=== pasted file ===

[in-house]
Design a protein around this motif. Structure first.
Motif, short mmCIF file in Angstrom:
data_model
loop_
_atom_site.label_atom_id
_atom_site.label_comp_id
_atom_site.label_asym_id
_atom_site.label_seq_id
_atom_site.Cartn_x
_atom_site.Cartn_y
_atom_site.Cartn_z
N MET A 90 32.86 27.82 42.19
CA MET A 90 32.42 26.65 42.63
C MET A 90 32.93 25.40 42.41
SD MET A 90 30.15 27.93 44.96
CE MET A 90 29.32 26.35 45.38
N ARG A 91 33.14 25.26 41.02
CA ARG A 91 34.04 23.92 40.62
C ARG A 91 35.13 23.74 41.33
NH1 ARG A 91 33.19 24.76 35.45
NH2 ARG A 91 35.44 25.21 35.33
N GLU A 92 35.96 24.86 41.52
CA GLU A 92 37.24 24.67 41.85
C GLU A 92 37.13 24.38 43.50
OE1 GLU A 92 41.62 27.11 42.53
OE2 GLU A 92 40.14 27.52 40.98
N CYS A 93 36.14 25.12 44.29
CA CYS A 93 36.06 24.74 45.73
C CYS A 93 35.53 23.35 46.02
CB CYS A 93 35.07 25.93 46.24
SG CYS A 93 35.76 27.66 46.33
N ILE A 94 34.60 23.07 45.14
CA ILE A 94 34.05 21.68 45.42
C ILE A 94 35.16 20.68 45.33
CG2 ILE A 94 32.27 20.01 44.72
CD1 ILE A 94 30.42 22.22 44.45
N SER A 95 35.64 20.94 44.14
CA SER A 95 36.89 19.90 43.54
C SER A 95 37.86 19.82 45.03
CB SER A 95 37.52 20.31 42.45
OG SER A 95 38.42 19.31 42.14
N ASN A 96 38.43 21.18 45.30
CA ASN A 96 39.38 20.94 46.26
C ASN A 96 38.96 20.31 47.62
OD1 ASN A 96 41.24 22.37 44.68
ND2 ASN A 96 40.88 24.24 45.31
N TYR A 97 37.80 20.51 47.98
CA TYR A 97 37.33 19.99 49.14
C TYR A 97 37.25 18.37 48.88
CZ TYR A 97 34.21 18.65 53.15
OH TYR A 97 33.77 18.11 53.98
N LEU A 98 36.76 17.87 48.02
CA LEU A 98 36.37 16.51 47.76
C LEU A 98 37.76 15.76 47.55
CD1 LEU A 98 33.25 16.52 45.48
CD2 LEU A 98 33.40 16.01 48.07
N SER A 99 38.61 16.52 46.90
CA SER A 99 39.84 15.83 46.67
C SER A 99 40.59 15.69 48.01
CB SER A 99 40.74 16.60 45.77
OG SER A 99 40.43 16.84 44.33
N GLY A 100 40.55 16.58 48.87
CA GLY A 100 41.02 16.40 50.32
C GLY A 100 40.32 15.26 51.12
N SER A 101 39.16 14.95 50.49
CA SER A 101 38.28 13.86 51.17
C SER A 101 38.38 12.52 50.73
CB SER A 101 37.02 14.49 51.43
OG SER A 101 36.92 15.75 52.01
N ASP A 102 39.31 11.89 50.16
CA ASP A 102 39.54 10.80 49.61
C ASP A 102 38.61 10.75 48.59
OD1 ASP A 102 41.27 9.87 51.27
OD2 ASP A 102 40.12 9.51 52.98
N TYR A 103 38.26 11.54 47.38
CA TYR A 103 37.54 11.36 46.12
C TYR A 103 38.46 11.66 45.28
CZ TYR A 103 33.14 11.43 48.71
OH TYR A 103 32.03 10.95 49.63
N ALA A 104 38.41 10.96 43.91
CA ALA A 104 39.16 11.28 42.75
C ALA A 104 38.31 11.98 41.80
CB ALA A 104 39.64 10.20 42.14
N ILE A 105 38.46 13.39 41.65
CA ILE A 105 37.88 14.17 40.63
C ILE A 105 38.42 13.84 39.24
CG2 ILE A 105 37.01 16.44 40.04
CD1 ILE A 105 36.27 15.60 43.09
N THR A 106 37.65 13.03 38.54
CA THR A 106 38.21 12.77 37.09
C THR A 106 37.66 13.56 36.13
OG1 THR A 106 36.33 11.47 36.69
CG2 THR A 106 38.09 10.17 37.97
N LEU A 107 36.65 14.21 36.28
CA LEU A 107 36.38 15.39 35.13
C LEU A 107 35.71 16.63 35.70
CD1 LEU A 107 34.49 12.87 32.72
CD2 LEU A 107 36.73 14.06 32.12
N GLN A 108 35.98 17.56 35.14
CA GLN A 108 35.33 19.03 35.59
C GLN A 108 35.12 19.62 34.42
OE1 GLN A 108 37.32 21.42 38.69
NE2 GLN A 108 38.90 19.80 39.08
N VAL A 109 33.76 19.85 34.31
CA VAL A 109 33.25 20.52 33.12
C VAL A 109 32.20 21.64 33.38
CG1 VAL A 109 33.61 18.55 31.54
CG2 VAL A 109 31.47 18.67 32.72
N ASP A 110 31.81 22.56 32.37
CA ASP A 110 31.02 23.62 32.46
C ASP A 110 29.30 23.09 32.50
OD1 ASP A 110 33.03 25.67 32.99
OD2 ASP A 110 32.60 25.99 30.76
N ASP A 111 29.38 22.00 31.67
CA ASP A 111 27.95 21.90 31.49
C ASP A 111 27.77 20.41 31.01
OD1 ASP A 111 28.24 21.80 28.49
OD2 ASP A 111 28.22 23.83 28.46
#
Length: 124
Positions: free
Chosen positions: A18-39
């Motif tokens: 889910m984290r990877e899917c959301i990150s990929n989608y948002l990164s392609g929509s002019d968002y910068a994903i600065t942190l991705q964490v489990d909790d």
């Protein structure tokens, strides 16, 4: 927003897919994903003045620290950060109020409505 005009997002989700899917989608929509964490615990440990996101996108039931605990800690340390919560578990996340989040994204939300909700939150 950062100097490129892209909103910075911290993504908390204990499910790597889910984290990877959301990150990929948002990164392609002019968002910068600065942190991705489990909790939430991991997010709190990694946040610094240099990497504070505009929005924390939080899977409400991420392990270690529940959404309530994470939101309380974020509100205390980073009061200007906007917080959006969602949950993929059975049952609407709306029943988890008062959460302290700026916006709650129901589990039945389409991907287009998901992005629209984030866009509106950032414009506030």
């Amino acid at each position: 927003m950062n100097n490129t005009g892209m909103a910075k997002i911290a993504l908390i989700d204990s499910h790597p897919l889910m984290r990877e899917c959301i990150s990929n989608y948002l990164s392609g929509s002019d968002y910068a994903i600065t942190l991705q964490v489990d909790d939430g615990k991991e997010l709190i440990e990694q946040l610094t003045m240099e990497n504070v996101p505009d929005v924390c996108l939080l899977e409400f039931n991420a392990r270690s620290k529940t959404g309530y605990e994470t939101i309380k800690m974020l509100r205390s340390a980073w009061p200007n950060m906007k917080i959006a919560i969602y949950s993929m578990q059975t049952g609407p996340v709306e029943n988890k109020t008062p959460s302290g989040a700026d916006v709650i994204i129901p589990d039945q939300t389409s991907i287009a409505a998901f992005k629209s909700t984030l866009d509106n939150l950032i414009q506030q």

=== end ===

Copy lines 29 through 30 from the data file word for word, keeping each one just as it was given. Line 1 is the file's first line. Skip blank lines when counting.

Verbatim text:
CA CYS A 93 36.06 24.74 45.73
C CYS A 93 35.53 23.35 46.02